West Lafayette, Indiana
West Lafayette, Indiana
West Lafayette Public Library, with Purdue campus skyline in background
Location of West Lafayette in Tippecanoe County, Indiana.
|• Mayor||John Dennis (R)|
|• City||13.81 sq mi (35.78 km2)|
|• Land||13.58 sq mi (35.18 km2)|
|• Water||0.23 sq mi (0.60 km2)|
|• Metro||904.6 sq mi (2,343 km2)|
|Elevation||614 ft (187 m)|
| • Estimate |
|• Density||3,754.40/sq mi (1,449.59/km2)|
|Time zone||UTC−5 (EST)|
|• Summer (DST)||UTC−4 (EDT)|
|GNIS feature ID||445775|
West Lafayette (/ -/,) is a city in Wabash Township, Tippecanoe County, Indiana, United States, about 65 miles (105 km) northwest of the state capital of Indianapolis and 103 miles (166 km) southeast of Chicago. West Lafayette is directly across the Wabash River from its sister city, Lafayette. As of the 2010 census, its population was 29,596. It is the most densely populated city in Indiana and is home to Purdue University.
Augustus Wylie laid out a town in 1836 in the Wabash River floodplain south of the present Levee. Due to regular flooding of the site, Wylie's town was never built. The present city was formed in 1888 by the merger of the adjacent suburban towns of Chauncey, Oakwood, and Kingston, located on a bluff across the Wabash River from Lafayette, Indiana. The three towns had been small suburban villages which were directly adjacent to one another. Kingston was laid out in 1855 by Jesse B. Lutz. Chauncey was platted in 1860 by the Chauncey family of Philadelphia, wealthy land speculators. Chauncey and Kingston formed a municipal government in 1866 which selected the name "Chauncey".
The new town of Chauncey remained a small suburban village until Purdue University opened in 1869. In 1871 Chauncey voted to be annexed by Lafayette because it was unable to provide the infrastructure (such as improved streets, waterworks, police and fire protection). Lafayette voted against annexing Chauncey because of the high cost of the many improvements that the village lacked. In May 1888, the town of Chauncey voted to change its name to West Lafayette after a petition signed by 152 electors. By that time, the growth of the university was fueling the growth of the little town. The address of Purdue University was given as "Lafayette, Indiana" until well into the twentieth century. West Lafayette never gained a railroad depot and lagged several years behind Lafayette in the establishment of municipal infrastructure and services. Today, West Lafayette has established itself as a separate city, with independent services and unique neighborhoods distinct from those of its sister city, Lafayette.
In November 2013, the City of West Lafayette approved an annexation that placed much of the Purdue University academic campus and residence hall system within the official boundaries of the municipality for the first time. This expansion also included a large section of the US Highway 231 corridor that was previously part of unincorporated Tippecanoe County.
Alpha Tau Omega Fraternity House, Jesse Andrew House, Chauncey-Stadium Avenues Historic District, John E. and Catherine E. Christian House, Curtis-Grace House, Happy Hollow Heights Historic District, Hills and Dales Historic District, Morton School, and The Varsity are listed on the National Register of Historic Places.
The city of West Lafayette has its fair share of non-profits, many of whom are committed to preserving the arts. Organizations like the Tippecanoe Arts Federation (TAF) has a mission to "grow the arts". The International Center of West Lafayette helps them to achieve this goal by being a member organization of TAF.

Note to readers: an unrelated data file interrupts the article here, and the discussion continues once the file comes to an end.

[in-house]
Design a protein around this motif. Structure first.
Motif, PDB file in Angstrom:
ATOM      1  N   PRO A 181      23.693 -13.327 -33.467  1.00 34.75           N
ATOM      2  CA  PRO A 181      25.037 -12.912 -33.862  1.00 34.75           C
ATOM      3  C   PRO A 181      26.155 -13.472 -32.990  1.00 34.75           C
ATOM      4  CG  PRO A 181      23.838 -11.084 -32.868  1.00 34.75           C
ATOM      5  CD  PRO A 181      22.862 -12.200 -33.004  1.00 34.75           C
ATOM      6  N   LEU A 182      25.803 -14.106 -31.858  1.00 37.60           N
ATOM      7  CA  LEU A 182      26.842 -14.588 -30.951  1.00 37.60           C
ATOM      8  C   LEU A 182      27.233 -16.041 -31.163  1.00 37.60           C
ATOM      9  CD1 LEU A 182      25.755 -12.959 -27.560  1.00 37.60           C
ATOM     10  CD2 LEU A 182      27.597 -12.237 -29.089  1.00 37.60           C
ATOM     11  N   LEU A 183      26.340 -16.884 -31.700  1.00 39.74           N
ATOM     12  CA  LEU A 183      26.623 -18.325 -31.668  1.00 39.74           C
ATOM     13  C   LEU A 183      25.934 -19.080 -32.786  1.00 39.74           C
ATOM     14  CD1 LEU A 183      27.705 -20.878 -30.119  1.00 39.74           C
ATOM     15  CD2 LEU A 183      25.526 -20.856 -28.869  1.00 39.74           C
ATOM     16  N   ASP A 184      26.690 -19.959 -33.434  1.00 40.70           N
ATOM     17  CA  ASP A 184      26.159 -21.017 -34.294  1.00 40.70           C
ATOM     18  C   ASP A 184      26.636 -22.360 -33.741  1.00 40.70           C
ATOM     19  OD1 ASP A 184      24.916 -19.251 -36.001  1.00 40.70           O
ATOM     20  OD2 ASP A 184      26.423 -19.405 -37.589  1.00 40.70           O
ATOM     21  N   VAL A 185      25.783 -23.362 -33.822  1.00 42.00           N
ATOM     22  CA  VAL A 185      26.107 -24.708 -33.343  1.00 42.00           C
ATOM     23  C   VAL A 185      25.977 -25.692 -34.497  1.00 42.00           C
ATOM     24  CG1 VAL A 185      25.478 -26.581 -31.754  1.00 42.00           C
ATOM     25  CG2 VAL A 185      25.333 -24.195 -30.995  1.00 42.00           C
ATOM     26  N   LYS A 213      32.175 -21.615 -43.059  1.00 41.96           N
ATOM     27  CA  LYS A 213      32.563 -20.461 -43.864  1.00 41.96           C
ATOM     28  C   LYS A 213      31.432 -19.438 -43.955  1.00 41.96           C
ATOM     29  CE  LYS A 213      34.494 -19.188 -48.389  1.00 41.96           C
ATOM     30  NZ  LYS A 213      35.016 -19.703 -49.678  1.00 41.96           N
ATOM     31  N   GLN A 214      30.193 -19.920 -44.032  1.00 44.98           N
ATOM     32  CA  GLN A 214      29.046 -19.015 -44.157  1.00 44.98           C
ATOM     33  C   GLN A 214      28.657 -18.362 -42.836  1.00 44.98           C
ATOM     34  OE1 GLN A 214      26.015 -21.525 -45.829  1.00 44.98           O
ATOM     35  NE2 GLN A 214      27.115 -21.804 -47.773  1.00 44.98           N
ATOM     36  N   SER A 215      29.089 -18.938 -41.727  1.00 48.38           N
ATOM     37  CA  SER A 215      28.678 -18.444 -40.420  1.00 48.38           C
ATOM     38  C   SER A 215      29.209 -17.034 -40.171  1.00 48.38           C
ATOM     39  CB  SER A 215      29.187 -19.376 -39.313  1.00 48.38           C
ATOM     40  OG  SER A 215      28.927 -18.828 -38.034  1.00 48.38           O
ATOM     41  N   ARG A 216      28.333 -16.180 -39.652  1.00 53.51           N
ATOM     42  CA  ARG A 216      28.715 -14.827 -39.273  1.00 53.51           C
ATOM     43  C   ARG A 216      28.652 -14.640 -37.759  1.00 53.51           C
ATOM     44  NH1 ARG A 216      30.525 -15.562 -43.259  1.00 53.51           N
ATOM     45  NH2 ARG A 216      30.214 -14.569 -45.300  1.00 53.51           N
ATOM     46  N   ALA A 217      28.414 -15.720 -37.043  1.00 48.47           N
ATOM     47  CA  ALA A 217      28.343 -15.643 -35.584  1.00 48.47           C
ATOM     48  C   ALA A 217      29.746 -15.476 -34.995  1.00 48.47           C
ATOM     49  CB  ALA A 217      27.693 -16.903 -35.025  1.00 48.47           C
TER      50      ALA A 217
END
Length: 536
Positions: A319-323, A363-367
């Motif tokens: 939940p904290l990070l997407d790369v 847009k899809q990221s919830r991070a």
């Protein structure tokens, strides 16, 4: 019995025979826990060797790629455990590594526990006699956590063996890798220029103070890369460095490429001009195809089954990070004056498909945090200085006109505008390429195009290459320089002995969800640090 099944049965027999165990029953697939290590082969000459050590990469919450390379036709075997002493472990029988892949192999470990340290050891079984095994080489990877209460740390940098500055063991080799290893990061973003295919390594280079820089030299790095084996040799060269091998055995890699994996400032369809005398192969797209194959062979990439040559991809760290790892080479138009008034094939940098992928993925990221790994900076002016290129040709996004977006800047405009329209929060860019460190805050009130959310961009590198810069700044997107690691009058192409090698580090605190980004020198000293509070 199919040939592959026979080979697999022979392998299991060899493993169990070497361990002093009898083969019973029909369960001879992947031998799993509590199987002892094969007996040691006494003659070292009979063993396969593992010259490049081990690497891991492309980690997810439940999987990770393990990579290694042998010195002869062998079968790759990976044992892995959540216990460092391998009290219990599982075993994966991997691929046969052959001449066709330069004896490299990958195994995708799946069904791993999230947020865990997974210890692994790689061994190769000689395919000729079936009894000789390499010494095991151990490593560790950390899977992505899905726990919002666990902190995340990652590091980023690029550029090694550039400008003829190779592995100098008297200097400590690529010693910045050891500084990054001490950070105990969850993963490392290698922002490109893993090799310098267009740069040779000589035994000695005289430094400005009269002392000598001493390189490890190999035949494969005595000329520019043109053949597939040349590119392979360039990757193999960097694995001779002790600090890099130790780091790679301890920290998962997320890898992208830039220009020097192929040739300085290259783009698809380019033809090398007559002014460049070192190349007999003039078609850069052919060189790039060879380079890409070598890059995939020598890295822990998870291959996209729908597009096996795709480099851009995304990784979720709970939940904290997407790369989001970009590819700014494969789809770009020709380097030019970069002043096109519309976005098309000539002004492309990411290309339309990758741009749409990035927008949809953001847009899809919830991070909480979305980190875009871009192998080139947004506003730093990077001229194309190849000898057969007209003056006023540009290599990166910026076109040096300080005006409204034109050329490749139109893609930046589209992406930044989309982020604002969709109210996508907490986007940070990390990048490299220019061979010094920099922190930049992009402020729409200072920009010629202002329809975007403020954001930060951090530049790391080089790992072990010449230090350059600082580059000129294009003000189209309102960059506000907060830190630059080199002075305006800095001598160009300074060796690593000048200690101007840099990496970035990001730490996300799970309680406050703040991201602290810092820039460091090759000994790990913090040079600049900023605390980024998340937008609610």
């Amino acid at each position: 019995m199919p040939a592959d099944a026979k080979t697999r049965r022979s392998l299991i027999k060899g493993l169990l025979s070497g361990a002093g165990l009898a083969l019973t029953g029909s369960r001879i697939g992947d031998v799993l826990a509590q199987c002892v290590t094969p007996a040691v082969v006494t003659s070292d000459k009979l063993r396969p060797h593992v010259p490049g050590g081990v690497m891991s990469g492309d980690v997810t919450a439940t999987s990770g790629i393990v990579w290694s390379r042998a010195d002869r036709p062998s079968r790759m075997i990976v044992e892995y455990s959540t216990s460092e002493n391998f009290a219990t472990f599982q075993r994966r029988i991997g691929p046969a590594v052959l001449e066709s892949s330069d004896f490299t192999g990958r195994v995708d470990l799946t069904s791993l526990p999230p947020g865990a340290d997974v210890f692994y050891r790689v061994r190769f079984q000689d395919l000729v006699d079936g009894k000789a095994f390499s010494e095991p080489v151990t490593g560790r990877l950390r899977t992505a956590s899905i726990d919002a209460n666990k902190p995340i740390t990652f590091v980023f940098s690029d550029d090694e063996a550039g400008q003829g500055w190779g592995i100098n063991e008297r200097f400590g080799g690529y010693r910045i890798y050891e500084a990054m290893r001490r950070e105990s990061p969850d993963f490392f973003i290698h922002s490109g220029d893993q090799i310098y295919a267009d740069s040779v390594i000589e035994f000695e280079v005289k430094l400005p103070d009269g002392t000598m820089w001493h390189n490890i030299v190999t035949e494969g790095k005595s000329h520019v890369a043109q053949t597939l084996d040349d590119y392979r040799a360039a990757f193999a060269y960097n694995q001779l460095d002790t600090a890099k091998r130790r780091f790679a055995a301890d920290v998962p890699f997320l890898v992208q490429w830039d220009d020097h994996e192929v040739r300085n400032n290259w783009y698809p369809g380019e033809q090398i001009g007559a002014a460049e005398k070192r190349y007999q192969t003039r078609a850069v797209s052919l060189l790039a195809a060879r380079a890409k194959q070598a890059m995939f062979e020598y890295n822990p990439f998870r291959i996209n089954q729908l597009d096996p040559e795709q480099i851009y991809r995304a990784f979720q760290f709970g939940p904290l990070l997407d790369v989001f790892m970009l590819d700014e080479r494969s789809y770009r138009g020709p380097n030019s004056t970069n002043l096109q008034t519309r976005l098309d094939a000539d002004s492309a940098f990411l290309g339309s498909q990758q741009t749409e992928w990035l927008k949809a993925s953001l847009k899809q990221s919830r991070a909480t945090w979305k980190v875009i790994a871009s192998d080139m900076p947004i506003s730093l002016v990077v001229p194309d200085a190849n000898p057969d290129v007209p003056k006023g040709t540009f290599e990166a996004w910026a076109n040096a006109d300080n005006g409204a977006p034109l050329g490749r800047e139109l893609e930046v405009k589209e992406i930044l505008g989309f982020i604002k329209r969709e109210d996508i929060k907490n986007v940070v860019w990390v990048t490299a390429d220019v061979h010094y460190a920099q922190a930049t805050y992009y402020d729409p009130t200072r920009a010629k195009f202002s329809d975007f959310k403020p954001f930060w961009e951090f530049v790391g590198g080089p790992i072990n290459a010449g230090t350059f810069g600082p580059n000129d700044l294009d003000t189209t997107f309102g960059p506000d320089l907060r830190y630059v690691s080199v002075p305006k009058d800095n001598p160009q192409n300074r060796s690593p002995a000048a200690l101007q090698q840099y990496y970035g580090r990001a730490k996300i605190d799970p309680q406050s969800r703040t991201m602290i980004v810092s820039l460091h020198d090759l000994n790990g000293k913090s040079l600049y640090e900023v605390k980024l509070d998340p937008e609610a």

West Lafayette lies in central Tippecanoe County and overlooks the Wabash River, which borders the city on the east and south. Most of the city lies in eastern Wabash Township, though a small portion on the northeast side extends into Tippecanoe Township. Elevations range from slightly over 500 feet (150 m) near the river to more than 720 feet (220 m) in northern parts of the city near U.S. Route 52.
According to the 2010 census, West Lafayette has a total area of 7.63 square miles (19.76 km2), of which 7.62 square miles (19.74 km2) (or 99.87%) is land and 0.01 square miles (0.03 km2) (or 0.13%) is water.
|Climate data for West Lafayette, Indiana|
|Record high °F (°C)||69
|Average high °F (°C)||34
|Average low °F (°C)||19
|Record low °F (°C)||−23
|Average precipitation inches (mm)||1.86
|Average snowfall inches (cm)||6.5
|Average precipitation days (≥ 0.01 in)||9.6||7.7||10.2||10.9||10.6||10.4||8.9||8.4||7.6||8.3||9.8||10.1||112.5|
|Average snowy days (≥ 0.1 in)||5.3||3.3||1.7||0.3||0||0||0||0||0||0.1||0.9||3.5||15.1|
|Source 1: The Weather Channel (January record high)|
|Source 2: NOAA: Lafayette|
|Source: US Census Bureau|
As of the census of 2010, there were 29,796 people, 11,945 households, and 4,072 families living in the city. The population density was 3,884.0 inhabitants per square mile (1,499.6/km2). There were 12,591 housing units at an average density of 1,652.4 per square mile (638.0/km2). The racial makeup of the city was 65.2% White, 6.8% African American, 0.1% Native American, 17.3% Asian, 0.9% from other races, and 2.1% from two or more races. Hispanic or Latino of any race were 7.6% of the population.
There were 11,945 households, of which 16.0% had children under the age of 18 living with them, 27.2% were married couples living together, 4.4% had a female householder with no husband present, 2.5% had a male householder with no wife present, and 65.9% were non-families. 34.2% of all households were made up of individuals, and 7.9% had someone living alone who was 65 years of age or older. The average household size was 2.22 and the average family size was 2.92.
The median age in the city was 22.8 years. 11.8% of residents were under the age of 18; 49.4% were between the ages of 18 and 24; 18.4% were from 25 to 44; 11.7% were from 45 to 64; and 8.7% were 65 years of age or older. The gender makeup of the city was 54.2% male and 45.8% female.
Following the 2010 census, West Lafayette annexed additional territory including the Purdue University main campus. The census bureau released an updated report to reflect the boundary updates. The census now reports 14,053 households and a population of 42,010.
As of the census of 2000, there were 28,778 people, 10,462 households, and 3,588 families living in the city. The population density was 5,219.6 people per square mile (2,016.6/km2). There were 10,819 housing units at an average density of 1,962.3 per square mile (758.1/km2). The racial makeup of the city was 77.3% White, 11.3% Asian, 5.4% African American, 0.2% Native American, <0.1% Pacific Islander, 1.2% from other races, and 1.6% from two or more races. Hispanic or Latino of any race were 6.2% of the population.
There were 10,462 households, out of which 14.9% had children under the age of 18 living with them, 27.6% were married couples living together, 4.4% had a female householder with no husband present, and 65.7% were non-families. 32.7% of all households were made up of individuals, and 7.3% had someone living alone who was 65 years of age or older. The average household size was 2.26 and the average family size was 2.89.